Will your credit score improve if you are an authorized user on a credit card account?

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ANSWER UPDATE:

It was true per the last answer, but I have been researching this and found out that FICO has "Fair Isaac Innovation Will Restore Authorized User Accounts to Calculation of FICO 08 Scores". This information is directly from the Fair Isaac website. The article found here http://www.fico.com/en/company/news/pages/07-31-2008.aspx.

The answer to the above question is definitely yes. Authorized users are reported to the 3 major credit bureaus. And being an authorized user will affect your FICO score.


Answer I just researched this a little more, and came up with an article directly from Fair Isaac. As one of the posters below said, they are discontinuing use of authorized user accounts in the computation of the FICO score. The '08 version of the FICO scoring software, available in September 2007, will completely bypass any accounts listed as Authorized User. Fair Isaac expects that about 30% of consumers will see a drop in their FICO score as a result of this. Initially, the new software will only be implemented by one of the credit bureaus (I don't think they named which one). The other two will pick it up in early 2008.
So, it's a feature that's being closed due to abuse by the credit-repairing industry. Read the article at: http://www.fairisaac.com/NR/exeres/FAC104CE-DF7F-4610-8A36-85F39C4ED9AB,frameless.htm  
First of all, let me advise that I work in the credit card division of a major bank. I agree with the Banana Republic poster. If your spouse, boyfriend/girlfriend or whatever (mother, daughter, son, etc) is on YOUR account as an authorized user, that person will ALSO receive the late mark(s) whenever you're 30 days late. I've seen it a zillion times. The authorized user is not financially responsible for the account; however, the information will be reported on the authorized user's credit history as well. Good be good marks, could be bad marks.
Keep in mind, the chances of eliminating this from an authorized user's credit bureau reports are slim to nothing if the late payment was a valid late payment. Nothing we can do on that. The authorized user can contest it, especially with the credit bureaus, but good luck on that.
Best advice: Keep your accounts separate. His and hers. It makes life much simpler and you know who is responsible for what spending, balance, late fees, etc. I've seen husbands and wives ruin their spouses' credit history, and parents doing the same thing to their kids.  
NO. You would have to be a joint cardholder in order to get credit reporting. But that means it will report any missed payments on your credit also, and if the card balance isn't paid, they can come after you as well as the primary cardholder; authorized users are not held responsible for balances. (I worked for a major credit card co.)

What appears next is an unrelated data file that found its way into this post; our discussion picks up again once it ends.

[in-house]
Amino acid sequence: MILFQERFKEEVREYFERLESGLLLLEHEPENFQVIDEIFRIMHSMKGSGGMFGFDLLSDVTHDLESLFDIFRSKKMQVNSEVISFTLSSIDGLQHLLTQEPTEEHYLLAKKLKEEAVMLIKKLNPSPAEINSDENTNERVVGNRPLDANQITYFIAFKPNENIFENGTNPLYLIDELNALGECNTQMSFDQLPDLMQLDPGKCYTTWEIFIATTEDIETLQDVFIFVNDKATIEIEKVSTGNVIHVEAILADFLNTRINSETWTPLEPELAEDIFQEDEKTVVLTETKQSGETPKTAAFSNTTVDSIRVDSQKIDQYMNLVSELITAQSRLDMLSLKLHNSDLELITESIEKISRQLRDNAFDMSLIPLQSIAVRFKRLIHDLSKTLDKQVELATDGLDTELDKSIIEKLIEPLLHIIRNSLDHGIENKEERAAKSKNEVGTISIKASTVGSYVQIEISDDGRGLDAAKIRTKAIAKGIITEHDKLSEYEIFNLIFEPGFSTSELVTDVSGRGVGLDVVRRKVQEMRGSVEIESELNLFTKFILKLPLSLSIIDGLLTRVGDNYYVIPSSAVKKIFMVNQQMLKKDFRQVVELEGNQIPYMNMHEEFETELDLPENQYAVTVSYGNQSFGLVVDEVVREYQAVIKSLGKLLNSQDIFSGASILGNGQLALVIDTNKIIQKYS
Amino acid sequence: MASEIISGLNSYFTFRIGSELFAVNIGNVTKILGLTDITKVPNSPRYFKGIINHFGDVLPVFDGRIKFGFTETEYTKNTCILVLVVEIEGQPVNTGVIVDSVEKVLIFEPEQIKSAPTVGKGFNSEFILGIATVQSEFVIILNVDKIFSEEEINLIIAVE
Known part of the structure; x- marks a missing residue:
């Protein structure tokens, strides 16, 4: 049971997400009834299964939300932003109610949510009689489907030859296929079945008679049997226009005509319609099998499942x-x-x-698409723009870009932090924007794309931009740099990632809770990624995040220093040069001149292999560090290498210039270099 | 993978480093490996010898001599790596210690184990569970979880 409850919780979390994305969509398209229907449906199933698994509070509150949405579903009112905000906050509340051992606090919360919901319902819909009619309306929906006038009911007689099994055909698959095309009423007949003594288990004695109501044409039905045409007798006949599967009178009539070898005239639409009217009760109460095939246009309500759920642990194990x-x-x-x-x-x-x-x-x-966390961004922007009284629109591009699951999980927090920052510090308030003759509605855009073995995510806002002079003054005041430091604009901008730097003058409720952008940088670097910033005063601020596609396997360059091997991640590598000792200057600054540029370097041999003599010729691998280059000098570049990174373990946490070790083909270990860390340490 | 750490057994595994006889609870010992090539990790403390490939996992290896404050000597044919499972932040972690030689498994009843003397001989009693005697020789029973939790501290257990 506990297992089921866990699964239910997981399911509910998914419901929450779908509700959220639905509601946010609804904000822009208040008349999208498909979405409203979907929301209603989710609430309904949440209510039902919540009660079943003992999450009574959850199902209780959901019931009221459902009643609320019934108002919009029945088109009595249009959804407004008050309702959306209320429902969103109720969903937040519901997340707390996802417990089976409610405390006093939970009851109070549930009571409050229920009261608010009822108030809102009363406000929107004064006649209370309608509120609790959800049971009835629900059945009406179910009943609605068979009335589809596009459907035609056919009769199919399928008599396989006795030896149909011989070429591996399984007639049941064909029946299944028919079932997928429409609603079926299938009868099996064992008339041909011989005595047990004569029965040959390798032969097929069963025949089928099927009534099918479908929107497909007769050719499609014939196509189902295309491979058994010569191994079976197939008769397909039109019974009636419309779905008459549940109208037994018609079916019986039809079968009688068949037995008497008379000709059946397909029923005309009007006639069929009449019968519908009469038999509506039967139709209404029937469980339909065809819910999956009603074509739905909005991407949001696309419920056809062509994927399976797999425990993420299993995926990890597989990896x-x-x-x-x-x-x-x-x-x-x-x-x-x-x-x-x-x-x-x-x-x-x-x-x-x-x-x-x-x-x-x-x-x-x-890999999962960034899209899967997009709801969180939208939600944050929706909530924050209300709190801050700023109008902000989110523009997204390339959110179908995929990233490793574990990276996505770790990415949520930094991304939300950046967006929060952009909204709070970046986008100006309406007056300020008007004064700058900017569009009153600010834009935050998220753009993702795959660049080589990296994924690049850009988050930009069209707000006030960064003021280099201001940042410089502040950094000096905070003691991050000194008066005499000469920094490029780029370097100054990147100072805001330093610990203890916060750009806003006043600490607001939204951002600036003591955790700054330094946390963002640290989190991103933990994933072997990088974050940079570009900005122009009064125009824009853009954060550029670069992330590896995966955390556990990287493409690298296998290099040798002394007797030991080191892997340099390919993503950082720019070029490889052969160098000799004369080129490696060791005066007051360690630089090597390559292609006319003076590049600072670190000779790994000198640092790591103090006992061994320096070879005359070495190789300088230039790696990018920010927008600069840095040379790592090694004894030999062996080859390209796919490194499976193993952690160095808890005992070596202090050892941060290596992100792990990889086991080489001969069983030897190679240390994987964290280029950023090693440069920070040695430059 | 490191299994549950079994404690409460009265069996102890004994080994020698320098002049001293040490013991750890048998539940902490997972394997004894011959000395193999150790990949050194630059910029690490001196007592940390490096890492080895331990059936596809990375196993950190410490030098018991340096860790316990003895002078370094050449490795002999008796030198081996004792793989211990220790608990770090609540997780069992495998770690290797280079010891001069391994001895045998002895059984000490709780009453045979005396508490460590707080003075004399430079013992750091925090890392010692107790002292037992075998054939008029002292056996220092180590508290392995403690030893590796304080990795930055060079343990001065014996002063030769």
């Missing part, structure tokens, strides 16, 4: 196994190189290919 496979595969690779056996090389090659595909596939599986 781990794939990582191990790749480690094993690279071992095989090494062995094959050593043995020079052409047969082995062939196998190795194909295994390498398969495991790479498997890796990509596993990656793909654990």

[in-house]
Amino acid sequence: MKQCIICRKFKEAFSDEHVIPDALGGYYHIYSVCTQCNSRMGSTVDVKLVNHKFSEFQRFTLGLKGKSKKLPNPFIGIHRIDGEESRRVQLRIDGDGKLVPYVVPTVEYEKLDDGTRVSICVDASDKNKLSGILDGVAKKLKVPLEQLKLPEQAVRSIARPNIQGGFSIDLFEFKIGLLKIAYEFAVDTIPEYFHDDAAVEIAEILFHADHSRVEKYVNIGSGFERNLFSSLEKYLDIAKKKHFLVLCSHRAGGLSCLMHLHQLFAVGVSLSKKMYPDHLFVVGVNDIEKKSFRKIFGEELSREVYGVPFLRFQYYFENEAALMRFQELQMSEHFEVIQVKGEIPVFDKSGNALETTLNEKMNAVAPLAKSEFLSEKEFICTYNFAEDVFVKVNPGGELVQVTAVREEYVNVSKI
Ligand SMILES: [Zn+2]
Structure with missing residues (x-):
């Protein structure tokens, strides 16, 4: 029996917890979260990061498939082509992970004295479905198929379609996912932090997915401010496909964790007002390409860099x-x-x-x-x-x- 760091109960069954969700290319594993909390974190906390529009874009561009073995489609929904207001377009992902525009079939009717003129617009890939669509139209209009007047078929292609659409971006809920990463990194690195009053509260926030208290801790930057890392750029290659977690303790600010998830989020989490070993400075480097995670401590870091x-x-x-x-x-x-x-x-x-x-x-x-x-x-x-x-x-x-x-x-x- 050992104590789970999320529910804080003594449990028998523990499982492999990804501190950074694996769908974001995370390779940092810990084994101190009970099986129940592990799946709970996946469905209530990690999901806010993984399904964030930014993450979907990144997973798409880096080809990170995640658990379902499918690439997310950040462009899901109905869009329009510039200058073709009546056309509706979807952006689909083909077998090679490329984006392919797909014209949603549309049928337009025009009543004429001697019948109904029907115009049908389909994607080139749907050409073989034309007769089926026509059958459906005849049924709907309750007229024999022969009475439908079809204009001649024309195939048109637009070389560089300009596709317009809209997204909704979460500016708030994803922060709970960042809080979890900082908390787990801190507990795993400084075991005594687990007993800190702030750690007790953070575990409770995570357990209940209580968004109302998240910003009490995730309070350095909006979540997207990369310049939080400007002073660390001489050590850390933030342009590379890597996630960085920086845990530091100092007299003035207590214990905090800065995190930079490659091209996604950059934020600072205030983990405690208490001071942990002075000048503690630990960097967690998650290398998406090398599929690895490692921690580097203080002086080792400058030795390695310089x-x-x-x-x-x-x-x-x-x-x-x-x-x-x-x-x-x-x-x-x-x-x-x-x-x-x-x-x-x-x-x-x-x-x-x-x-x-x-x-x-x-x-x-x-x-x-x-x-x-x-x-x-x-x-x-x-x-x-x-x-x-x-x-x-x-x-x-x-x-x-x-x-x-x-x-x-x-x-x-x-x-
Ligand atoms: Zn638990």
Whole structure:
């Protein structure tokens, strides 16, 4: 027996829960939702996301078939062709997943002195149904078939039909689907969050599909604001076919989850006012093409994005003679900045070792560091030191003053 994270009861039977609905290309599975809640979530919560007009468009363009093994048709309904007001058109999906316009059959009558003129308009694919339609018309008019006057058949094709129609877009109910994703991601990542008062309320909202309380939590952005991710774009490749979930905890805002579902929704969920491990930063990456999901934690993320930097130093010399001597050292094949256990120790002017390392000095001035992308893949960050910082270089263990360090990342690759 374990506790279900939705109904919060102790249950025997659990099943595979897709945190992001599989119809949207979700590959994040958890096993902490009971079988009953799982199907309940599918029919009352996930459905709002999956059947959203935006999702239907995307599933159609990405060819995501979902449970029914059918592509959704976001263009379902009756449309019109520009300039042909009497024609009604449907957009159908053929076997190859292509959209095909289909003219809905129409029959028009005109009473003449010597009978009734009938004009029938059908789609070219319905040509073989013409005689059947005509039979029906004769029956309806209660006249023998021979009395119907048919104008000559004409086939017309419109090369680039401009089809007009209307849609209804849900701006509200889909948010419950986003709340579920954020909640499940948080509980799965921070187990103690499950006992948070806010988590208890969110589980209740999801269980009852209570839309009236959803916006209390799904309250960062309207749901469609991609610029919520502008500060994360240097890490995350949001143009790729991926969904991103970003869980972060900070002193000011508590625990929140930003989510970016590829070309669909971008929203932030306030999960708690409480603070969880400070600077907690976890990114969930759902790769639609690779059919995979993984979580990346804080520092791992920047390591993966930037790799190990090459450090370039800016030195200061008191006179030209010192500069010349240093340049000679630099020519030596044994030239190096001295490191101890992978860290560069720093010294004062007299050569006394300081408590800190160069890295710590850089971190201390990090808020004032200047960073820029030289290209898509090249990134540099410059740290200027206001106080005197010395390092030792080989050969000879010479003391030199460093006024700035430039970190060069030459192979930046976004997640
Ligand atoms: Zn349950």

UPDATE: Your credit card company may not but most do. A/U accounts can be reported to credit agencies. The Equal Credit Opportunity Act of 1974 allows this. Most banks do report A/U information.
Always take an A/U account over a joint account if possible. With an A/U account the information will be reported to the credit agencies however you are not liable for any charges. With a joint account if the primary cardholder is late or goes into collections the company could try to collect from you.  
It can MOST DEFINITELY affect your credit regardless of who uses the card the most or who makes the payments.
Fourteen years ago, my college roommate put me down as an authorized user on her visa account. She didn't have to supply my ssn or birthdate on the application, just my name and the account still showed up on my credit report. Last year one of my mastercard interest rates went up from 9.9 to 23.99% and when I called to find out why, they indicated it was because of negative info on my credit report. I was dumbfounded, so, I got my report for the first time ever (I know, I should have checked it more frequently) and discovered that the visa account was on there (I had long since forgotten about it and the roommate and I parted ways not long after graduation). It turns out the account had been sent for collections last year and that's what was impacting my credit. Keep in mind, all she put on the application 14 years ago was my name, I didn't have to sign a thing. As a matter of fact, I didn't know about it until the cards came to our apartment and she gave me mine!! My address was the same as hers, so I guess that's how they managed to attach it to my credit; however, I never used the card and have moved 3 times since then and it still followed me.
Anyway, I contacted the visa company and explained the situation. They said since I was only an authorized user and not a joint account holder, they could remove my name from the account and remove the account from my credit report. Between the visa company and the collection agency, it took about 45 days for this to all get straightened out, but now my interest rate is back down ....it's even a bit lower that it was originally.
So, double check with the credit card company about their authorized user policy. I believe the FCRA governs this, but it wouldn't hurt to double check with the card issuer, just so you know your rights.  
I just went through this same situation. I received a letter in the mail that said my credit card (the # didn't match MY card) was being closed due to nonpayment of 180 days. I pulled up a free credit report through Experian and it showed that my now ex-wife had opened a card up in her name, with me as an authorized user. I never received a card in the mail (or she disposed of it) so I had no clue of it. I had already turned in PreApproval papers for a home mortgage and my lender called me back and said "NO WAY" due to that bogus credit card. I just called and they took it off. In addition, a letter will be sent that I can use for my preapproval. It states that I am not liable for the outstanding balance.  
Wow, reading through this forum definitely shows a lot of wrong answers. The answer to this question is a most definite YES it can affect you. Make sure your mom pays on time, and doesn't carry more than a 50% balance relative to total limit. Then it's a good thing to be under that card.  
I just recently opened up a Banana Republic card that I put my husband down as an authorized user. Because I was 30 days late on one payment, his credit now is being affected. How can I convince the company to retract their reporting about my husband?  
A/U accounts reporting wise only affect the primary cardholder. The code used on a/u trades exempt them from impacting their own credit report. An a/u account will not help improve their score. Only primary and joint impact scores. A creditor can question why on your bureau there is a delinquent a/u account but legally it cannot be held against you.  
Lots of misinformation here.
Authorized Users can have their credit report (and credit score) affected by the account on which they are listed as an authorized user.